Finding Joy at Work
For the past several years, our profession has seen a rise in attrition and a decline in satisfaction. Too many talented lawyers have walked away from the profession, believing it’s an all-or-nothing gig.
Yet some do succeed in building legal careers they enjoy, even love. What sets them apart? And how do you join those ranks if you’re teetering on the edge of law career despair?
Two factors are critical in turning your job into a career that you love: Find your “why” and find your people.
Find Your Why: What Drives You?
Practicing law is demanding, so many of us accept and even expect to feel some measure of daily discomfort. Yet that is a far cry from the enjoyment we can achieve in the practice of law.
We know from decades of research that when we align our work with the values that drive us, we experience greater professional satisfaction and well-being.
Lawyers who practice in areas that answer their “why” shift from a job to a career and, in some cases, even a calling.
Take a moment to consider why you entered this profession. Becoming a lawyer wasn’t something that happened overnight. You invested valuable time, effort and money. These questions may help.
What led you to the place you sit now?
Many of us land in law practices as an outcome of campus interviews or a job posting. Did you feel a connection or spark that you can identify? Or was this an opportunity that presented itself that met external criteria? At a lunch meeting recently, a lawyer told me she enjoys her work in M&A because she likes puzzles and untangling complex problems. Like difficult puzzles, she enjoys sorting and reorganizing the many moving parts. By tapping into her inner drivers, she was able to identify a practice area that makes her feel alive and connected to something that she cares about and enjoys.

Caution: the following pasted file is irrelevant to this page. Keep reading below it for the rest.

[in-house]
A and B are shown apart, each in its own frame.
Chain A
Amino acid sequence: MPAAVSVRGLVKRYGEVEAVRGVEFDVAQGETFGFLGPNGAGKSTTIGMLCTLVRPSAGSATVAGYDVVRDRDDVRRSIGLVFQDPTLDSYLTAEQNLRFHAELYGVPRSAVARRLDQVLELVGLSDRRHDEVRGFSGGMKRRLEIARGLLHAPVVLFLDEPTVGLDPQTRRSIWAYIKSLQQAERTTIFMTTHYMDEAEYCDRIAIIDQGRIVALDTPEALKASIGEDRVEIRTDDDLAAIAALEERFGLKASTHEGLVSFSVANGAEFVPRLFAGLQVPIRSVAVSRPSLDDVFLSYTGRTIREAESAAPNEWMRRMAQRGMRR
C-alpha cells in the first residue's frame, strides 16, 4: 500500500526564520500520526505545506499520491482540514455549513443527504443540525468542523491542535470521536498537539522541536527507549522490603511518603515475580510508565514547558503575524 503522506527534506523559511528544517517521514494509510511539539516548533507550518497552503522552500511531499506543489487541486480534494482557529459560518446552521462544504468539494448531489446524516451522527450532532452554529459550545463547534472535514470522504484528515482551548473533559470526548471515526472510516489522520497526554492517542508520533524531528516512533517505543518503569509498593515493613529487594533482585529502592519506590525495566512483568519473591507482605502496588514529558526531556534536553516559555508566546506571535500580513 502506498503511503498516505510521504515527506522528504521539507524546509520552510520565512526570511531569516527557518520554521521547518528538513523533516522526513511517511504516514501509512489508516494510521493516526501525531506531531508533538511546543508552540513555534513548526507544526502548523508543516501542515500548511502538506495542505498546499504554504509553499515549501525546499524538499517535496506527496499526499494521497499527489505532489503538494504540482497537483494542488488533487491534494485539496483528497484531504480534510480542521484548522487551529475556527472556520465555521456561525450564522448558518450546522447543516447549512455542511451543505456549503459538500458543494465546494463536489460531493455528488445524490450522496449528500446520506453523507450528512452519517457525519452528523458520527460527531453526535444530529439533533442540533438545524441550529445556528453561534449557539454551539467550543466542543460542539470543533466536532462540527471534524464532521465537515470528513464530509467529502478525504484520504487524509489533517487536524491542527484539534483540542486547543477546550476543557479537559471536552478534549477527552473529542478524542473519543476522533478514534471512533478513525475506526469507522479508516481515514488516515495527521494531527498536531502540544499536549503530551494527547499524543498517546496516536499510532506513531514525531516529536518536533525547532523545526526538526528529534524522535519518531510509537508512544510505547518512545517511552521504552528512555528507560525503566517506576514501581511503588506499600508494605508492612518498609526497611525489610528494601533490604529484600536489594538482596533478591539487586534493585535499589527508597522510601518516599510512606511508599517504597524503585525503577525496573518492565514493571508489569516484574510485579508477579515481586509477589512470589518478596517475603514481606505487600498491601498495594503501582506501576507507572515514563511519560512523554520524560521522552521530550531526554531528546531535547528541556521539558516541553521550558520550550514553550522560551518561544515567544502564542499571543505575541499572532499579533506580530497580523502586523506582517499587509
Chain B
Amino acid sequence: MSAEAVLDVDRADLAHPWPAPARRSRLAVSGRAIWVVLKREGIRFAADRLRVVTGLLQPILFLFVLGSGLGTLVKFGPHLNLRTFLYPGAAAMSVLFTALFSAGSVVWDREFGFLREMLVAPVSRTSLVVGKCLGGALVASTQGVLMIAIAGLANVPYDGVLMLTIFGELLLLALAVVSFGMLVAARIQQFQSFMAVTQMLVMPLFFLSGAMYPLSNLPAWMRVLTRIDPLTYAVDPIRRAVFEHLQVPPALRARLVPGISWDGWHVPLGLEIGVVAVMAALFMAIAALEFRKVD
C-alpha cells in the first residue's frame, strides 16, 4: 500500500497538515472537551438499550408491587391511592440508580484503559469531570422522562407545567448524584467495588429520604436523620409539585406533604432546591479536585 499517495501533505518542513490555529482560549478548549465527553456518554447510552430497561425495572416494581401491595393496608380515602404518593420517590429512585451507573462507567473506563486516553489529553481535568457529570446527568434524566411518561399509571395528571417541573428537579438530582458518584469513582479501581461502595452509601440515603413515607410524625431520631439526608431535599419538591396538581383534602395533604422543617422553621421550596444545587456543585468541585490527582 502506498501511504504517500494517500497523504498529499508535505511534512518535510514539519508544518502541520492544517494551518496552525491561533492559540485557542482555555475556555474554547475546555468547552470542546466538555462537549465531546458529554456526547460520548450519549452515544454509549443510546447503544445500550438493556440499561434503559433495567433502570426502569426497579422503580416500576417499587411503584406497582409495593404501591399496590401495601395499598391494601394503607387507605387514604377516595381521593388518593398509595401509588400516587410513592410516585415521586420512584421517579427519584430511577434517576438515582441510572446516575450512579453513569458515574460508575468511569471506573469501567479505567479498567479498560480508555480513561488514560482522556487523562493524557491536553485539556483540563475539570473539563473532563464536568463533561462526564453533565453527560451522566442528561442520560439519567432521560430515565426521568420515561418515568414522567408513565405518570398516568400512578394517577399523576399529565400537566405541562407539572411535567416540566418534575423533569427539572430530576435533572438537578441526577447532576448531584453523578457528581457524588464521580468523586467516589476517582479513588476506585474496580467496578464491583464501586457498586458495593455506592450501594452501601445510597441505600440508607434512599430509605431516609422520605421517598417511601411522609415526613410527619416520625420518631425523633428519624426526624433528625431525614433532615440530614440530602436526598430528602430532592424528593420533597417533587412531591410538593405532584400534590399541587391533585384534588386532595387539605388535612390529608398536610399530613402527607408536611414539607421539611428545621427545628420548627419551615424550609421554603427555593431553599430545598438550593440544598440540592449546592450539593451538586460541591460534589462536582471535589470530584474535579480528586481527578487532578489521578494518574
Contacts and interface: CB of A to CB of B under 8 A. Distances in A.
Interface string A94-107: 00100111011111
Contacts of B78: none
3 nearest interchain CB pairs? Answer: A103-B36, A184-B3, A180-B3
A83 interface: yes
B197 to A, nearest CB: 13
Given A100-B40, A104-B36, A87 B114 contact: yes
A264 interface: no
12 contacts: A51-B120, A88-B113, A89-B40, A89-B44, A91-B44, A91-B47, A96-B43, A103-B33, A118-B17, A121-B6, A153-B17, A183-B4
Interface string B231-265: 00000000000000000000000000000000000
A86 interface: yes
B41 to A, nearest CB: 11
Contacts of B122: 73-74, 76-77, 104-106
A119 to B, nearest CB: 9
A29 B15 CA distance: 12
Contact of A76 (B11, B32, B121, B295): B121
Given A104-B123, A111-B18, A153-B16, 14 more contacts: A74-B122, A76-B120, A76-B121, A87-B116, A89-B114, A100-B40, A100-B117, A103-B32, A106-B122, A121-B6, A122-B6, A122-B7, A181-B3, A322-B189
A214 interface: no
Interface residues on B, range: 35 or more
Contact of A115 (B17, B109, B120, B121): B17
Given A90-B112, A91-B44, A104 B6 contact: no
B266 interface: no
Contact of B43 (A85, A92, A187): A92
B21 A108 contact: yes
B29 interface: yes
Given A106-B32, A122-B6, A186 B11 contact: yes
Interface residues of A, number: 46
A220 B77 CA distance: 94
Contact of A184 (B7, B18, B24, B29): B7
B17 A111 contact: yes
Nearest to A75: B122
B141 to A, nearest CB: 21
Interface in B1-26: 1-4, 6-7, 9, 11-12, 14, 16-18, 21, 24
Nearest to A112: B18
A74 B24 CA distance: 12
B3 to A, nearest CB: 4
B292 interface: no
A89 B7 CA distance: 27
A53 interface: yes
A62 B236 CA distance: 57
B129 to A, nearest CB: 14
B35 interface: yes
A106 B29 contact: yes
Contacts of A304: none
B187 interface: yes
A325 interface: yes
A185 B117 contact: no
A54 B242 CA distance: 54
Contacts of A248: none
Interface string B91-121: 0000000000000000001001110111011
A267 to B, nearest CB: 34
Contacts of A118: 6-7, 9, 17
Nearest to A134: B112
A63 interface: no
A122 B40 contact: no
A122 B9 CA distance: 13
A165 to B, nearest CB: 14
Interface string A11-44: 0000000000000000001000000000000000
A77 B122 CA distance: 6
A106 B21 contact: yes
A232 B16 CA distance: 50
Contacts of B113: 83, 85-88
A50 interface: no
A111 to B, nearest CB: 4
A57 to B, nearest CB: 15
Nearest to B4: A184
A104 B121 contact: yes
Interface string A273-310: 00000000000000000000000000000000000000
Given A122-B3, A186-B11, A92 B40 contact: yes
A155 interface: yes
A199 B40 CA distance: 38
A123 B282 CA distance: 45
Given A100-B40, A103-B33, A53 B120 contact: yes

Is it meaningful?
Reflect on the underlying purpose for the day-to-day work that you currently do, and the needs of the clients for whom you do your work. Is the work that you are doing meaningful to you in some intrinsic way?
Sussing out the meaning in our work may be all that’s needed to feel more enjoyment in our current practice. Or further exploration may be in order.
Using Values to Map Your Purpose
Consider doing a values identification exercise. (Download the PDF for it here). This is a useful tool for identifying whether a shift in your work focus would be helpful.
One lawyer used the values exercise to find a new role within her organization; another used it to help find her niche in labor and employment law after practicing in seven different substantive areas. When prioritizing her values list, a student of mine found that “adventure” consistently ranked highest, above all of her other values. This will be an important factor for her to consider when evaluating the type of practice that best suits her for the long term, especially when evaluating offers with traditional law firms.
Before accepting the status quo, here’s a three-step process for moving forward: